Social Targeting's Always Right, But It's The Message That Counts

Social media is all about broadcasting organic messages to far-flung followers -- and then, when it comes to advertising, refining the message to as well-defined an audience as possible. Isn't it?

That's what makes it hard to swallow today's assertion that the Conservative Party lost the social media war during the election because of too much targeting. It just doesn't add up. At least the research from We Are Social and Who Targets Me, featured in Netimperative, references that this flies completely in the face of what was perceived to be the way the 2015 election was won. 

Indeed, The Telegraph ran an article from the Conservative Party's Digital Lead in 2015 in which it was made clear the party felt that close targeting of people it wanted to convey a message to had worked far better than Labour's more scattergun approach. This is acknowledged by the social media researchers who still seem to be claiming the opposite is true in 2017 -- but does that actually make sense?

I have to be honest -- I don't think so. There is a famous saying in history that every war is lost in the same way the last was won. In other words, if you try to repeat a success from before you often find a situation has changed. Blockading Germany at the end of the First World War led to hungry people demanding peace whereas cutting off and bombing Britain a little over twenty years later had the opposite effect, merely firming up the national resolve never to be defeated.

But can we say the same with social media? Did everything change between 2015 to 2017. I don't think so. The researchers are quick to point out that Labour won hearts and minds on social with far more follows, and in separate multiple articles, authors have pointed out that the Conservatives were beaten when it went to going viral. Labour's messages flew around the Internet, shared voraciously by young disciples, whereas Tory message languished unshared in feeds.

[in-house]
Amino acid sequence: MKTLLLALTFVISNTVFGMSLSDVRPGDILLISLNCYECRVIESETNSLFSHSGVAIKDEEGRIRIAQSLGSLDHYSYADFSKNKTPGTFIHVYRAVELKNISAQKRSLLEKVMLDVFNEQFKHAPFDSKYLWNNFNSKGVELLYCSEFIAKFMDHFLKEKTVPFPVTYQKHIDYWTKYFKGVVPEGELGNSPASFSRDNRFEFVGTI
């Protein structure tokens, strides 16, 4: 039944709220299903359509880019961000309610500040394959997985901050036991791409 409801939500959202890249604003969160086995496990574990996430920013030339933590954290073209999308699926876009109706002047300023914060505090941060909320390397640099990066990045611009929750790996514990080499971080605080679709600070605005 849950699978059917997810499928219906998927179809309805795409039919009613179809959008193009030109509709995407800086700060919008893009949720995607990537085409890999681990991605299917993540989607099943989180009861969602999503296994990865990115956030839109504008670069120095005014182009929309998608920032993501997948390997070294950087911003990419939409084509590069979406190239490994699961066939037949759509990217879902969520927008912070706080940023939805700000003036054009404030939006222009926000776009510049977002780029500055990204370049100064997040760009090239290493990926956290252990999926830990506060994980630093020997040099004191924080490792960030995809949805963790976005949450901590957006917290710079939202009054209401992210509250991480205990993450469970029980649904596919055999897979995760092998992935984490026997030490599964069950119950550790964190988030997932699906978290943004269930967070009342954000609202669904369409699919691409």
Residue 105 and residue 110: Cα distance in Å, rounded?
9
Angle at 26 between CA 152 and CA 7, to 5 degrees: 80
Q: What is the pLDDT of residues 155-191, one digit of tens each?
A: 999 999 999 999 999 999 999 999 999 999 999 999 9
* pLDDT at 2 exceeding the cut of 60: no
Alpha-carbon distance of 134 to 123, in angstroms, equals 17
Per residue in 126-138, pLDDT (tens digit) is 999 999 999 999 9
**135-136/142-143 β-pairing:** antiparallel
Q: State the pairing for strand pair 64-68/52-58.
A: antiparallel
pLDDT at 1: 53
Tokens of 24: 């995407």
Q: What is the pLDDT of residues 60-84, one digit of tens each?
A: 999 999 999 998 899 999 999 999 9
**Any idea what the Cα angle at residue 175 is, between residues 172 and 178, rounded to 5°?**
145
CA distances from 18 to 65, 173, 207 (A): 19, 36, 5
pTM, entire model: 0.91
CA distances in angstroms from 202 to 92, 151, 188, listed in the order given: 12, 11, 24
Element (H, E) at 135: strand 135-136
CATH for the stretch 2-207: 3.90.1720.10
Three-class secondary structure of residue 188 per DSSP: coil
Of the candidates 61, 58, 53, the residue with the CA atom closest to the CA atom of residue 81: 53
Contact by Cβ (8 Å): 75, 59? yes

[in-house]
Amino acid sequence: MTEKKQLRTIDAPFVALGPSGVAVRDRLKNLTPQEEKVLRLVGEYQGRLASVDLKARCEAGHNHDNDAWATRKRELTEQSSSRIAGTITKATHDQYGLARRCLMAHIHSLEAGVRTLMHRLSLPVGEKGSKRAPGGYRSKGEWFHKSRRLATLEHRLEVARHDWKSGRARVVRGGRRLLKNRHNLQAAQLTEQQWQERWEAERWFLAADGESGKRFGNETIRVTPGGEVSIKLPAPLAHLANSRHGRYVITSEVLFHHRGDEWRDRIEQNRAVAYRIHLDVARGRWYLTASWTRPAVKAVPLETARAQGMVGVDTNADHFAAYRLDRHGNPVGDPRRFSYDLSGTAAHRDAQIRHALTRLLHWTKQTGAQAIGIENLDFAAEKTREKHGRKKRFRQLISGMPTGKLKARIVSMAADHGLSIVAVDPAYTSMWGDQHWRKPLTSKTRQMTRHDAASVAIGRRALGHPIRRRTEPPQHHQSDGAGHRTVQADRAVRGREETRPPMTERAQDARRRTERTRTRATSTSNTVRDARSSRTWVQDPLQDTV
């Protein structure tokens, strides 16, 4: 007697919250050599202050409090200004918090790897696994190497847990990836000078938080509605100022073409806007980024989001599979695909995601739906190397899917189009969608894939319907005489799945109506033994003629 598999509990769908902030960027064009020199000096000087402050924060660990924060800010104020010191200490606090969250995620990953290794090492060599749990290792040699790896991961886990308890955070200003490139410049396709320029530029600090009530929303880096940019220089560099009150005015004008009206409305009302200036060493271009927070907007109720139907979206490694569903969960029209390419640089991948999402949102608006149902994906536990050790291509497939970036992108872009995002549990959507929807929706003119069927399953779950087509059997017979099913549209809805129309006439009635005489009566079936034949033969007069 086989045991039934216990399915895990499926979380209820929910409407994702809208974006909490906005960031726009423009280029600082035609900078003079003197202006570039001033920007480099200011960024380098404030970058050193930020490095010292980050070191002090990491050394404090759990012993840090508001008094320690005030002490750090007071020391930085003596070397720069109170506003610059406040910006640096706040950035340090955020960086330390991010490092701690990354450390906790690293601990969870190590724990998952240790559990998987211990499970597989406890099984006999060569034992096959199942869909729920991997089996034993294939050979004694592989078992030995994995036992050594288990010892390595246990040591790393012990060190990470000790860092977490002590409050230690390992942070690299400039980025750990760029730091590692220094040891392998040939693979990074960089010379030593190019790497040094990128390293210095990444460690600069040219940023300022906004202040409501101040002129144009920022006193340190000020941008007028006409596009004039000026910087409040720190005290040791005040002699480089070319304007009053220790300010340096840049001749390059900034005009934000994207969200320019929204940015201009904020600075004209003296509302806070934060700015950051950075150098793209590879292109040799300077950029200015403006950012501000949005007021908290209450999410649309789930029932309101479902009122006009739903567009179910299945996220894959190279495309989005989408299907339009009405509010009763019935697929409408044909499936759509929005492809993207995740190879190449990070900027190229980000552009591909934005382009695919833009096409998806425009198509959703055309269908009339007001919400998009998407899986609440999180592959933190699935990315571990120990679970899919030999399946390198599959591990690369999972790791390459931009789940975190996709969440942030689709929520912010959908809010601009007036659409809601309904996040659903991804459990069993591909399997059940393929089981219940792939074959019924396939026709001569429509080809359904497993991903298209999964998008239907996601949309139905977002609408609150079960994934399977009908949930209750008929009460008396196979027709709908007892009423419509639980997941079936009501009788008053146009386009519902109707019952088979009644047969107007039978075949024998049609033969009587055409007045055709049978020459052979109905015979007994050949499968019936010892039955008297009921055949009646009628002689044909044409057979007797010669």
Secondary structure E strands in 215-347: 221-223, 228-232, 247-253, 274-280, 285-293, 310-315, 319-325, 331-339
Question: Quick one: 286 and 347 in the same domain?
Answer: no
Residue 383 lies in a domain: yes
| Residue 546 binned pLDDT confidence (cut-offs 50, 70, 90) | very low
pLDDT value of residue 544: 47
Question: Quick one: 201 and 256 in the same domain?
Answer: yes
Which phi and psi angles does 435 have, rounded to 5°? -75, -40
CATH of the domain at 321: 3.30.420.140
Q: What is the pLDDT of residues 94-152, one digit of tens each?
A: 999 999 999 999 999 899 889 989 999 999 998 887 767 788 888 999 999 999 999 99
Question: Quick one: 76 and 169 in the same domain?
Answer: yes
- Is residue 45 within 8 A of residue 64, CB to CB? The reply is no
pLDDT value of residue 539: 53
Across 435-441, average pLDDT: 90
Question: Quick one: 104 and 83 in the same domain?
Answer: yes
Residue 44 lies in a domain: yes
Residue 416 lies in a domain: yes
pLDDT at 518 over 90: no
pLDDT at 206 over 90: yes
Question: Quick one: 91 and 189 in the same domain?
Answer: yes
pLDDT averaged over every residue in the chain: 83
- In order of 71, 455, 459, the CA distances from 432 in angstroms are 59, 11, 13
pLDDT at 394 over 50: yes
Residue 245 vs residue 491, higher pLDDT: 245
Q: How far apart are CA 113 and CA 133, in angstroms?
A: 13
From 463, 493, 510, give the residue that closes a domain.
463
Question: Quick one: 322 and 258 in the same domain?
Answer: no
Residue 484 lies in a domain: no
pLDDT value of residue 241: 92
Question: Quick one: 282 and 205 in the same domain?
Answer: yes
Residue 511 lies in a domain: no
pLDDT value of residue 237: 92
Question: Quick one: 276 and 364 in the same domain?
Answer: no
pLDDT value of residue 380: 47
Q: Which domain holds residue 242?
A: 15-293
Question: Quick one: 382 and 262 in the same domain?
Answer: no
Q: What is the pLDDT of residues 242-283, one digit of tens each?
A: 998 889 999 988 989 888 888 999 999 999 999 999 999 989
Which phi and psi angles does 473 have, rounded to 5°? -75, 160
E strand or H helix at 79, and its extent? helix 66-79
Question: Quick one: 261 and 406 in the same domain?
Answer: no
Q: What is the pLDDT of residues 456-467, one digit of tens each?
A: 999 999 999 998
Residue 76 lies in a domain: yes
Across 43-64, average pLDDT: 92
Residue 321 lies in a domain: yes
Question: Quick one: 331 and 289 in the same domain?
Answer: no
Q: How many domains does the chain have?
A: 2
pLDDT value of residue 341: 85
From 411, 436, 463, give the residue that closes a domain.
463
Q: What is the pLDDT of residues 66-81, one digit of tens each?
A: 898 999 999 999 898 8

The researchers also go on to say that the Conservative Party targeted undecided voters in marginals and that this was far too narrow. I couldn't disagree more. Where else would you want to place budget other than the very people you are looking to get a message across to? Surely, just as in 2015, this tactic had to be most cunning. Focus spend where it is most needed -- don't scatter resources into the wind.

So why the bad result for the Conservative Party? Perhaps the best explanation, in terms of social media, comes from aTelegrapharticle in which We Are Social researchers talk about the Tories using the same targeting but getting the messaging wrong. Instead of inspiring wavering voters with a message of hope or inspiration, the messaging was all about continuity of -- you guessed it -- "strong and stable" leadership. For people who are unsure, or at least weren't convinced by you two years ago, is offering more of the same a good idea?

In contrast, Labour spent less and was less focused on targeting. However, the message of hope and change appealed to young people -- and as anyone on social media can testify, their posts went viral and knocked whatever Conservative Party HQ was cooking up for six.

So there you have it, guys -- it wasn't about targeting, it was all about the message. This chimes perfectly with what anyone noticed during the awful campaign Theresa May ran. Just repeating a tired slogan doesn't appeal to the undecided, and it just annoys the hell out of supporters. 

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